Preston North End Community and Education Trust has been spreading the message of Gentry Day across its programmes throughout the week.
With supporters unable to attend the season-ending fixture away at Nottingham Forest, the Trust has incorporated a Gentry Day theme into its sessions ahead of tomorrow’s traditional game to remember fans who have sadly passed away in the previous year.
Several themed activities have taken place across the Trust’s three core areas of work; in Community Engagement, Education and Health and Wellbeing, contributing to its ultimate goal to create a safer, stronger and more resilient community.
In the Health and Wellbeing sector, the four-day week began with our Sporting Memories members recalling their experiences of supporting the club on past Gentry Days, and how conversations have often been sparked with opposition fans asking travelling PNE supporters about their bowler hats and formal attire.
The Sporting Memories programme aims to support those living with dementia, depression or loneliness, and their families – or indeed anyone who wishes to engage in sporting chat.
Health and Wellbeing Officer Hannah White, who oversees the Sporting Memories provision, felt looking back at previous Gentry Days benefitted the members.
“The members all got to reminisce on the good old days, back when they were able to come to the stadium to watch PNE play,” she said.
“It also gave them the opportunity to think about those fans who have sadly passed away. That’s what Gentry Day is all about; remembering those loyal PNE fans who are no longer with us.
“The members really went all out with their outfits – we saw the bowler hats, the suits, the ties – and it was a really lovely session.”
In-keeping with the Trust’s education provision, there were both practical and classroom elements to how learners marked Gentry Day across the week.
Preston’s Centre of Sporting Excellence’s women’s team observed a minute’s silence, while donning bowler hats, ahead of their EFL Community and Education Football Alliance League Cup fixture against Derby County, who also took part in the moments of remembrance at Springfields.
Preston’s Centre of Sporting Excellence is the Trust’s official post-16 education partnership with Preston’s College, providing high-quality, technical education programmes for 16 to 19-year-olds, who can compete in national football leagues and access unique work experience opportunities alongside their studies.
Former Lilywhites midfielder Graeme Atkinson, now the Trust’s Higher Education and Recruitment Lead, spoke of integrating the culture of the club within learners’ activities.
“Tradition comes with Preston North End. We want to carry on that tradition, we want to make sure that everyone who is involved with Preston North End Football Club, and the Community and Education Trust, has a real understanding of what it means to be a part of it and to wear the badge.
“I wasn’t fortunate enough to have a Gentry Day in my own reign here as a player. But I’ve since it followed it quite passionately. Whenever the fans have known it’s going to be Gentry Day, they all make a massive effort, and get the bowler hats out and make a big effort to make sure the day is a celebratory one, because of the reputation that we have.”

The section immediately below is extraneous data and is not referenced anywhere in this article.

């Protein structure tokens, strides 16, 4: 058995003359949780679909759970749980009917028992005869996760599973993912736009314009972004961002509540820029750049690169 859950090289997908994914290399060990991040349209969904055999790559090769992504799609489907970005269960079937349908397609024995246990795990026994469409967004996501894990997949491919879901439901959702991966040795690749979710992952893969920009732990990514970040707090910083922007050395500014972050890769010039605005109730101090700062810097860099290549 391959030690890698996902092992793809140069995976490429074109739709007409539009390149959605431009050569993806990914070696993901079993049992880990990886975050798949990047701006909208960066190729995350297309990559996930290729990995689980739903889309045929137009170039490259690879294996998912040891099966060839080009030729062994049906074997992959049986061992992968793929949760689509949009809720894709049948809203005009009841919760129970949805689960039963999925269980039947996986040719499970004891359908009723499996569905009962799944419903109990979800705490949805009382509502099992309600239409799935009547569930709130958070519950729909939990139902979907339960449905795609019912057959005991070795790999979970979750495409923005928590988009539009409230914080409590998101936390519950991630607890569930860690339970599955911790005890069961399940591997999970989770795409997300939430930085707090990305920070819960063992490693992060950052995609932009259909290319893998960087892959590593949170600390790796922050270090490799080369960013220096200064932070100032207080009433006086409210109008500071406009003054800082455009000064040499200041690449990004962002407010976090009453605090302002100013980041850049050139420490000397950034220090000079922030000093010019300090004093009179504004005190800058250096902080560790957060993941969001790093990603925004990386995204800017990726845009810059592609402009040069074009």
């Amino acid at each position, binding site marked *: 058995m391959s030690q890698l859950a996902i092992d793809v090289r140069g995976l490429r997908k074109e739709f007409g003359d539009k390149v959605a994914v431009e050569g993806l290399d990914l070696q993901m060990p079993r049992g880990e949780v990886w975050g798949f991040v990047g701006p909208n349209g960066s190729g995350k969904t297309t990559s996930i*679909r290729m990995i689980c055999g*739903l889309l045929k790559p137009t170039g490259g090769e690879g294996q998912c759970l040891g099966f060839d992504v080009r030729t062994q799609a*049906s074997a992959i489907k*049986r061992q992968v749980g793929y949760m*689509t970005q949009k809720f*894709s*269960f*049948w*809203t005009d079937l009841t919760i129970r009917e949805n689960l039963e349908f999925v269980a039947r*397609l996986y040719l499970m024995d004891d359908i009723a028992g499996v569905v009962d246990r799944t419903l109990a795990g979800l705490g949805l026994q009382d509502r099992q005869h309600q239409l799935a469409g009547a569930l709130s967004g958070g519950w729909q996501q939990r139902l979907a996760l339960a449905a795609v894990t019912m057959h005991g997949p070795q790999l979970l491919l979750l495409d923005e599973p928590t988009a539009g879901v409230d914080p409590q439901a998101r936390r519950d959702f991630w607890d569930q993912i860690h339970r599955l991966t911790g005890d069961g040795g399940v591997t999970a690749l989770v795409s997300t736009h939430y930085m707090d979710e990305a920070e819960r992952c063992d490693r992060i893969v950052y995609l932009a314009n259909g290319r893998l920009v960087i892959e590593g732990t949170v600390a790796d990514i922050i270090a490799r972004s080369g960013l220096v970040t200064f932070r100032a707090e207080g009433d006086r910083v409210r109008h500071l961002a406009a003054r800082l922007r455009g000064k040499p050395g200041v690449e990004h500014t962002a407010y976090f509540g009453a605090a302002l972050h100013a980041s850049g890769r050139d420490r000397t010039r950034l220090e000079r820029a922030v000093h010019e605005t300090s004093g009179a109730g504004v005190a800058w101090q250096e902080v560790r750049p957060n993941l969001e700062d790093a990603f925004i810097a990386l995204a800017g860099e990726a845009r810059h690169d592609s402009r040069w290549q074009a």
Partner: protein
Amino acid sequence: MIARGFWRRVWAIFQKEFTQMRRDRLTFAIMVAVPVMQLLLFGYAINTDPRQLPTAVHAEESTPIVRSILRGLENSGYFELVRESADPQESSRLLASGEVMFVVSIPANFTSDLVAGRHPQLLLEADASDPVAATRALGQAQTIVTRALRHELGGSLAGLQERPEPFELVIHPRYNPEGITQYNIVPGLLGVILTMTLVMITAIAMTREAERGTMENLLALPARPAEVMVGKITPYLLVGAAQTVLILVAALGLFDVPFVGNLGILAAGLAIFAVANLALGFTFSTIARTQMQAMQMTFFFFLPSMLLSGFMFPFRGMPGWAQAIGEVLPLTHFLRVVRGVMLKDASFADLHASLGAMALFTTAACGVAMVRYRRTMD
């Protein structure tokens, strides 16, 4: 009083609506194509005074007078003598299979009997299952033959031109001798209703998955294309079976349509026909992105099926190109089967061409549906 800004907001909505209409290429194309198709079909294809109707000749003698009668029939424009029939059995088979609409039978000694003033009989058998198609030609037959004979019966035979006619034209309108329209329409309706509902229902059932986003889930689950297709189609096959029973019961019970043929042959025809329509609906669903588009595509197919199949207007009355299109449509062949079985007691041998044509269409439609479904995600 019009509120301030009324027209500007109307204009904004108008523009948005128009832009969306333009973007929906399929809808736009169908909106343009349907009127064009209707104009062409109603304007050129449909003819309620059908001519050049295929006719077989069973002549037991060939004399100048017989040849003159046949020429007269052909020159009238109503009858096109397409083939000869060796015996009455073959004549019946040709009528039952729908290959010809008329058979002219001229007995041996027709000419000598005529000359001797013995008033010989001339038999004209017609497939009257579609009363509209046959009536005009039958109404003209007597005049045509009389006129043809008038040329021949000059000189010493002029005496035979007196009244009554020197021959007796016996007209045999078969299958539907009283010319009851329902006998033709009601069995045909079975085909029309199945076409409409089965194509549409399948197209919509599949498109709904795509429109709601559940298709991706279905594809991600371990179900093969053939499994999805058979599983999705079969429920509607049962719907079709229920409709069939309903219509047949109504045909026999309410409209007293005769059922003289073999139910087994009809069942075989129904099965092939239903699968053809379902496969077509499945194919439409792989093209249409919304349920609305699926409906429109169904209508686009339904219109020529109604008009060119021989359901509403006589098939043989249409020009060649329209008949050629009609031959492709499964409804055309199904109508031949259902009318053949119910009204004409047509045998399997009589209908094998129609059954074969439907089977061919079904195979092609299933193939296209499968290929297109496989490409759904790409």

Meanwhile at Sherwood Primary School, teacher Paul Whelan delivered a lesson looking at how the history of the club and Gentry Day to a class of Year 6 pupils.
As a partner school of the Trust, Sherwood pupils benefit from the Premier League Primary Stars programme, where members of PNECET staff deliver cross-curricular PE lessons to children that utilise the power and appeal of football to support their learning.
Paul said: “We’ve been teaching the children in Year 6 all about Gentry Day and what Gentry Day is.
“We need these children following Preston North End and by having PNECET in and following their programmes, it’s one of the things we can do as a school to get our children supporting Preston North End.
“It’s really important we teach the children about our club, our town and our history. I think Gentry Day is one of the things we can do to really educate the children about that.”
Among the pupils in Mr Whelan’s class was youngster Archie, who felt he had learned more about the club he supports thanks to the lesson.
“It started with the old Preston manager calling the fans ‘Gentry’,” he said. “It wasn’t the Preston players that actually started it, it was the fans, and all the community coming together.
“It’s a bit different from normal work and I learned about a team I support and I go on all the home games I can and some away games.”
The Trust’s Ramadan initiative, in which it has been delivering Iftar packs – used by members of the Muslim community to open their fast each evening throughout the holy month – saw members of staff and volunteers of external partners heading door-to-door while sporting bowler hats.
Mo Patel, a Preston United volunteer and passionate follower of PNE, explained how he felt the initiative had helped locals to gain a greater understanding of Gentry Day.
“It was good to be able to explain the reasoning behind it and the reason why a lot of supporters wear them [bowler hats] on one specific day of the season.
“It’s that one special away game of the season that I always look forward to. It allows us to show our respect to those who have left us.
“It’s just that bit of a different away game that we usually do. Everyone’s got a bowler hat on, everyone’s showing their respect, and that’s what makes me proud to be a North End fan.”
For more information about all of the programmes mentioned, visit the Community and Education Trust’s website by clicking here. Alternatively, call 01772 693309 or email email@example.com to find out more.